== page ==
The CFO is the head of your finance department and usually is hierarchically third in an organization, after the CEO and the COO. Based on the size of the company and the terminologies used, the head of the finance department may be referred to as CFO, finance director, or VP-finance. In a bigger company, the finance director and VP-finance could be secondary roles supporting the CFO. The CFO is responsible for the company’s overall financial strategy, investor relations, shareholder reports, and broad strategies to increase profits and reduce costs. It is very important that CFOs follow best practices to ensure that the finance team understands the industry wherein the firm operates and the macroeconomic factors impacting corporate decisions. It is also imperative that CFOs set up effective financial frameworks to help finance teams adhere to business goals, track their progress, ensure compliance, and achieve higher profits.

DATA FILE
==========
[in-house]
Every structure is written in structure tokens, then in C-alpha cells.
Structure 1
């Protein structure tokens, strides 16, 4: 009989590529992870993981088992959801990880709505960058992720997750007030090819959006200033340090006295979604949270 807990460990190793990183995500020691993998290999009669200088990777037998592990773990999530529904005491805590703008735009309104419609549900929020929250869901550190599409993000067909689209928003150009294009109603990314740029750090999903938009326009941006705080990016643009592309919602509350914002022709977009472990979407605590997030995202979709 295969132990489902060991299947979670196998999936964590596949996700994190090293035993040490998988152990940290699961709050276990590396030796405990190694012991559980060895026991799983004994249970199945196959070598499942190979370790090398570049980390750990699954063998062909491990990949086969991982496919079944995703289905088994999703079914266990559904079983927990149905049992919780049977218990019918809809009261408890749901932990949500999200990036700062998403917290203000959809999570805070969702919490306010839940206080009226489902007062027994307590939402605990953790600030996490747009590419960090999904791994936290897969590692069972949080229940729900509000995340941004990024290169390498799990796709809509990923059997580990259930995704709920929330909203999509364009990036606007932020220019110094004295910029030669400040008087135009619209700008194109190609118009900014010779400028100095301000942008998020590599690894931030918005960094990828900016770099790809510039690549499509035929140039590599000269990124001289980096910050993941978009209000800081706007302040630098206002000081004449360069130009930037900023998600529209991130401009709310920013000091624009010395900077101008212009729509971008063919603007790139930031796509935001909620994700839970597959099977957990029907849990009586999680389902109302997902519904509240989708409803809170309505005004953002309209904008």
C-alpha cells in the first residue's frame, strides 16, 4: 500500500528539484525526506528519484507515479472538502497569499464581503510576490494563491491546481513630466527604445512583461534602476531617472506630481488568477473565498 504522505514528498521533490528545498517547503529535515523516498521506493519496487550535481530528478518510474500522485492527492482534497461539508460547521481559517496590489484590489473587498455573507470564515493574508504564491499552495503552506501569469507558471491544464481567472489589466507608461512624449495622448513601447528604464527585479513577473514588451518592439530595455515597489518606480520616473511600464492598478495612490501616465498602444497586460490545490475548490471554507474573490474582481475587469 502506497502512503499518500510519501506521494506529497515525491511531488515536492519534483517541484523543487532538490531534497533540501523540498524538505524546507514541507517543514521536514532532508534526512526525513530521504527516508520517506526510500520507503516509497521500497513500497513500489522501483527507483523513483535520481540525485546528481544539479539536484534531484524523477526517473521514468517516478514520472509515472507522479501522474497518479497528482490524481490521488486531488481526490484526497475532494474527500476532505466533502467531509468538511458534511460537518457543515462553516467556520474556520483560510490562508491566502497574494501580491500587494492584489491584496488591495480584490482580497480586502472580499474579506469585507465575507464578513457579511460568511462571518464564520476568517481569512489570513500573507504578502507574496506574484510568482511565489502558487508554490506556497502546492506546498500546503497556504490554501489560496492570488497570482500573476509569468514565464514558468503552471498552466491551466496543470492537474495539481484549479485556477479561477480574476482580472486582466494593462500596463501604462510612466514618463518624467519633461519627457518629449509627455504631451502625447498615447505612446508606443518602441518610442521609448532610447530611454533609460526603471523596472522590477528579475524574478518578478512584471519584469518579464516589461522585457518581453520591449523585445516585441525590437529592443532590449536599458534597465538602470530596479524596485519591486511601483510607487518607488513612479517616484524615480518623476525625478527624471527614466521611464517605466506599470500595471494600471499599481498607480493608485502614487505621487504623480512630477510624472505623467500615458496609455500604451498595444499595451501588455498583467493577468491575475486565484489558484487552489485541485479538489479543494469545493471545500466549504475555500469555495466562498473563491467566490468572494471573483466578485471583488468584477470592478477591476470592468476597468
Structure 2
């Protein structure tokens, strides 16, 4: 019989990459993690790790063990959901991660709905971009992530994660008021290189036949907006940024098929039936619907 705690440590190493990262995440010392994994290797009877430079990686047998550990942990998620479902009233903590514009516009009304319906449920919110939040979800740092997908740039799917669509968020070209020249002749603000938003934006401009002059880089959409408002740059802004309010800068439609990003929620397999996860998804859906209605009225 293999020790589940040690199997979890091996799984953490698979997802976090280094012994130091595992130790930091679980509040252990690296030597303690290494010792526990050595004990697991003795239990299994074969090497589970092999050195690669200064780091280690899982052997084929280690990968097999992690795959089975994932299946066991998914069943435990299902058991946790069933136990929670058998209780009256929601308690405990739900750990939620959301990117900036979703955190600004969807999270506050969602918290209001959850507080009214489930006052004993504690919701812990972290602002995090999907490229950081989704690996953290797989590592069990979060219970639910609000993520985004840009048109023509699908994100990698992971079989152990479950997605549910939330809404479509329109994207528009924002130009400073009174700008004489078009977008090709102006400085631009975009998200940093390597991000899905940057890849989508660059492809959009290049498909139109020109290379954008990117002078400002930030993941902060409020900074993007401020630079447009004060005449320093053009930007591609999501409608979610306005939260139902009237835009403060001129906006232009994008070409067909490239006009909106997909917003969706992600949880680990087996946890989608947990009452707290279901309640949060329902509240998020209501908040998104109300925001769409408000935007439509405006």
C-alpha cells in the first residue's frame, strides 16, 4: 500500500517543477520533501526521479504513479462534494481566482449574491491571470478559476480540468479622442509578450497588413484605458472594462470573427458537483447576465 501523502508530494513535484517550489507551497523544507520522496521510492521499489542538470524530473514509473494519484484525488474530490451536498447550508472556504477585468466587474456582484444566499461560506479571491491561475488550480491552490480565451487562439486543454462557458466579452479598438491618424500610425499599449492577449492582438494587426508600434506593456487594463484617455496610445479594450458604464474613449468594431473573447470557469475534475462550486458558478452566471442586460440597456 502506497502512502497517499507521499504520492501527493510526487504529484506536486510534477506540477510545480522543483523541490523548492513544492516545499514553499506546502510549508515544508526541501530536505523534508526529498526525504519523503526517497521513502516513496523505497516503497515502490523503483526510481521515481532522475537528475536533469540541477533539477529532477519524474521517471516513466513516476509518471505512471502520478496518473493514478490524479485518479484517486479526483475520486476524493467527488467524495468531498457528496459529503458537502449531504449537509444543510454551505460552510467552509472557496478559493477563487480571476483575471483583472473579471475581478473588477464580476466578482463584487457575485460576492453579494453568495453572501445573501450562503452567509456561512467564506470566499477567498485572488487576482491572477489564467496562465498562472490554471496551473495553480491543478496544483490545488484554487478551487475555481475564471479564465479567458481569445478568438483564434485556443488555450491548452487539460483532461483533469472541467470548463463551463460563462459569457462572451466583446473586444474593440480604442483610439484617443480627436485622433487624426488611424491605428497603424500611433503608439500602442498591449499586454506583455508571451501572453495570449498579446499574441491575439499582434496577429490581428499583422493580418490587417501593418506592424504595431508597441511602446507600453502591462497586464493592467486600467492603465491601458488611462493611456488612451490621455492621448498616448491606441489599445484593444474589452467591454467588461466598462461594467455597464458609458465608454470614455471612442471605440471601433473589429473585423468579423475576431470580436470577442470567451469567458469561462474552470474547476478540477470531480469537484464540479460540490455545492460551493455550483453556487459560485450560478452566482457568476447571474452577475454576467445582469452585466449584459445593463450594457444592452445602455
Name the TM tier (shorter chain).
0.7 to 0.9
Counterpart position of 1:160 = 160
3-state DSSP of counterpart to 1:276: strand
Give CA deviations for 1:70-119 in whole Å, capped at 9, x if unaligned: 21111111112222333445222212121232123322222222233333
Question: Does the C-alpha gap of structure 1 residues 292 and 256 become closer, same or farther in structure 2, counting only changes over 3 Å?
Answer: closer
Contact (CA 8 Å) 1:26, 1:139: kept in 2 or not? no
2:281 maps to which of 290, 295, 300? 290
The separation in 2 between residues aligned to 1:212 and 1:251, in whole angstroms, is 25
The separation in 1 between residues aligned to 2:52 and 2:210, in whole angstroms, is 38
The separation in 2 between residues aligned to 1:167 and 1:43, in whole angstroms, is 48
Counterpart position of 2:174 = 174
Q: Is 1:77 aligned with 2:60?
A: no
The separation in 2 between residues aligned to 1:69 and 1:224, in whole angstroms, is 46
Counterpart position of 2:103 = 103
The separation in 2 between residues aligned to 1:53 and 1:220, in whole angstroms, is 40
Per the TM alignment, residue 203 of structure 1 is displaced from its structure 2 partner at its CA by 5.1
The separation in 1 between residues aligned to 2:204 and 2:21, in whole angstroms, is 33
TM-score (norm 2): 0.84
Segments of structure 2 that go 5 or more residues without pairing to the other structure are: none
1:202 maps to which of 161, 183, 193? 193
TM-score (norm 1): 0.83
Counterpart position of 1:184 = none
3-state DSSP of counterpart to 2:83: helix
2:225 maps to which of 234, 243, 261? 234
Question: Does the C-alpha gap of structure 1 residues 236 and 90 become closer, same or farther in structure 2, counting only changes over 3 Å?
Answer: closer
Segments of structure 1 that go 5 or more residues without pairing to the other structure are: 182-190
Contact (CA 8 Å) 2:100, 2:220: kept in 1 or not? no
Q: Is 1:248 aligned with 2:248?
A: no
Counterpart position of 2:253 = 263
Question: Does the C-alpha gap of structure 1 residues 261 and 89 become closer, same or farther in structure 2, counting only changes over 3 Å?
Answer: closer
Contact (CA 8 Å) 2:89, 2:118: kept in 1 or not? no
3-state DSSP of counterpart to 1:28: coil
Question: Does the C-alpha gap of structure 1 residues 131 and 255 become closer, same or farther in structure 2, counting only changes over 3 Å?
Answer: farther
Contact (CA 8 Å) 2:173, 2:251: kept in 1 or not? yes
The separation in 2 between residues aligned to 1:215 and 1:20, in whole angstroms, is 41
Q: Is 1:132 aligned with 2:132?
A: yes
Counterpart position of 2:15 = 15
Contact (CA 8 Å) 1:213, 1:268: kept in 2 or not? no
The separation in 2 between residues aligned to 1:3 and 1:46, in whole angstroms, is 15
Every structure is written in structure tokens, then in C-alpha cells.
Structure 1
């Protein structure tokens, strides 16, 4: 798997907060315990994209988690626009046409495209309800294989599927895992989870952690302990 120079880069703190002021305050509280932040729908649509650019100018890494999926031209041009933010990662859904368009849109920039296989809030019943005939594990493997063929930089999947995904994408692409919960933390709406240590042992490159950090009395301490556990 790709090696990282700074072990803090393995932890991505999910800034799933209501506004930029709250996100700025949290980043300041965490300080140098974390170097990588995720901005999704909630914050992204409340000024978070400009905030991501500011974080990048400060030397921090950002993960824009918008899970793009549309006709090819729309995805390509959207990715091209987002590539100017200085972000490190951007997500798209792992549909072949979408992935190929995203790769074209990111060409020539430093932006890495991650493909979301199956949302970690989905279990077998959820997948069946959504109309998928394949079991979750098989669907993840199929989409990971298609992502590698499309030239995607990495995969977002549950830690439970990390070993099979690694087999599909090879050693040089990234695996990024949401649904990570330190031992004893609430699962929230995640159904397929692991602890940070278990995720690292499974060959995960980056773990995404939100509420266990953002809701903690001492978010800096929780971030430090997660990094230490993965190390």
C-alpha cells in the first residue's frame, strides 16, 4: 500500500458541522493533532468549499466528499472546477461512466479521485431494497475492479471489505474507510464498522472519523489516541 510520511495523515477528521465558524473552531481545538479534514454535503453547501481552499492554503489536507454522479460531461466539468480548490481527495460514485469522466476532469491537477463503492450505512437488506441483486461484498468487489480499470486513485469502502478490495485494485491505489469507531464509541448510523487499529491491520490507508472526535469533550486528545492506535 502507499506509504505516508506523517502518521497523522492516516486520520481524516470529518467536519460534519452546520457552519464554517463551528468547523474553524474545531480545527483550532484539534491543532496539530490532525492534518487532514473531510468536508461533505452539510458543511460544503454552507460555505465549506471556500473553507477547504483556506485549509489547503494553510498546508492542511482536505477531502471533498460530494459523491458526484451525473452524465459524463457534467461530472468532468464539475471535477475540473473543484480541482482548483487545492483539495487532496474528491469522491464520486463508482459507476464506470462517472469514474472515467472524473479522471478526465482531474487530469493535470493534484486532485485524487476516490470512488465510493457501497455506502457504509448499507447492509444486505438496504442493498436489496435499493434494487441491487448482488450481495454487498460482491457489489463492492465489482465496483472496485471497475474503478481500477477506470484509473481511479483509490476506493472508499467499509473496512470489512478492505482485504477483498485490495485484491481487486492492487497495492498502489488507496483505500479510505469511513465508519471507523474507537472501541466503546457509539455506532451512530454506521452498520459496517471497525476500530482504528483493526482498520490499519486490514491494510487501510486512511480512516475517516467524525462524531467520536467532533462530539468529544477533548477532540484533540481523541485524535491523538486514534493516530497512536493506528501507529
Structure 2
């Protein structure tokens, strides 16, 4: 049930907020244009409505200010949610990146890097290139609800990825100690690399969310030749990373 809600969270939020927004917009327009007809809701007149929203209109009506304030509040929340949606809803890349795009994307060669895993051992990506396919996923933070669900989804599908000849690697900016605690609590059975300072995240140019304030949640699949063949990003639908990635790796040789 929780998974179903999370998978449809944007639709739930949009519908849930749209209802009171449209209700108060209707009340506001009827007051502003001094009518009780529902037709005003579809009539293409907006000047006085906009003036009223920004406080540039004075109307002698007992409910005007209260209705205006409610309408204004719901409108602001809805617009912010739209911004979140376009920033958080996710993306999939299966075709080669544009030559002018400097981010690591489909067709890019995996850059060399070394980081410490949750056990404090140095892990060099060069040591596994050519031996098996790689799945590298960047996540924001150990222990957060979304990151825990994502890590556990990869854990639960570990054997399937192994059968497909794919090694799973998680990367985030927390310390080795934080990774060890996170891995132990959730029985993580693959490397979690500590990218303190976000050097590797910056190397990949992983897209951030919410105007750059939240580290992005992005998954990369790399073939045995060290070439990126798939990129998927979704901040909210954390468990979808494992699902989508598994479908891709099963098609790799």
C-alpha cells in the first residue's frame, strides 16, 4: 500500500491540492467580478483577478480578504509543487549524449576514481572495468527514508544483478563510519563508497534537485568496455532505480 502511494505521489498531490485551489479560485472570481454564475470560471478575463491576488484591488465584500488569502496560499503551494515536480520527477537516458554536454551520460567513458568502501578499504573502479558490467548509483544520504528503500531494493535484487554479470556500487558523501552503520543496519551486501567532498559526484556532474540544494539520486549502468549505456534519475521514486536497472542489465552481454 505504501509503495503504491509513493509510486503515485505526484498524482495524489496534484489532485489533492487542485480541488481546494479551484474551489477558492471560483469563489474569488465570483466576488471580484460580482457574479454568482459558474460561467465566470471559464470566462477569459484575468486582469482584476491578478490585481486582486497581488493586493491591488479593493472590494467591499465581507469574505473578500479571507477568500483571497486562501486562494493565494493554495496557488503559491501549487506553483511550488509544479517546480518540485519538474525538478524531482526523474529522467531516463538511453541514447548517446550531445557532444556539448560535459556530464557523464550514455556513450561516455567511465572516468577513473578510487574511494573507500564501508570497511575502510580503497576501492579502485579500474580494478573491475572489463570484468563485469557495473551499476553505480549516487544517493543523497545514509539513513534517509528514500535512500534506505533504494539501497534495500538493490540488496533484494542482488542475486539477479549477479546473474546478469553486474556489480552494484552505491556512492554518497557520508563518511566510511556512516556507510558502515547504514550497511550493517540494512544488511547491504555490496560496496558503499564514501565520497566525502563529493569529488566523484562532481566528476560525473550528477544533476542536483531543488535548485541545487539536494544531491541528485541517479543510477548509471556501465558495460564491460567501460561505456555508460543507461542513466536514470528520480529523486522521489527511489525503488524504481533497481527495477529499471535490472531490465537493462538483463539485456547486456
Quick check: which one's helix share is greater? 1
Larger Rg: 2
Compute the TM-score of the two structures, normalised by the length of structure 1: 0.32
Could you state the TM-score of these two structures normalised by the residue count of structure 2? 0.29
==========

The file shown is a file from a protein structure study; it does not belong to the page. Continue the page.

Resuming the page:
Finance manager: Within the finance team, finance managers are responsible for the company’s cash and investments. They decide the budget ranges and work with other functions such as sales, marketing, and HR to optimize the use of finances. Finance managers know how to handle cash assets, analyze investments, track debt, monitor credits and collections, and prepare financial reports and forecasts.
Financial controller: The finance controllers are responsible for money transactions in a more hands-on manner. They track all financial transactions. They also collect receipts, invoices, and other documents from the concerned departments to record the transactions correctly. Unlike the finance manager, who looks at broad budgets and spending, the financial controller tracks the actual spend.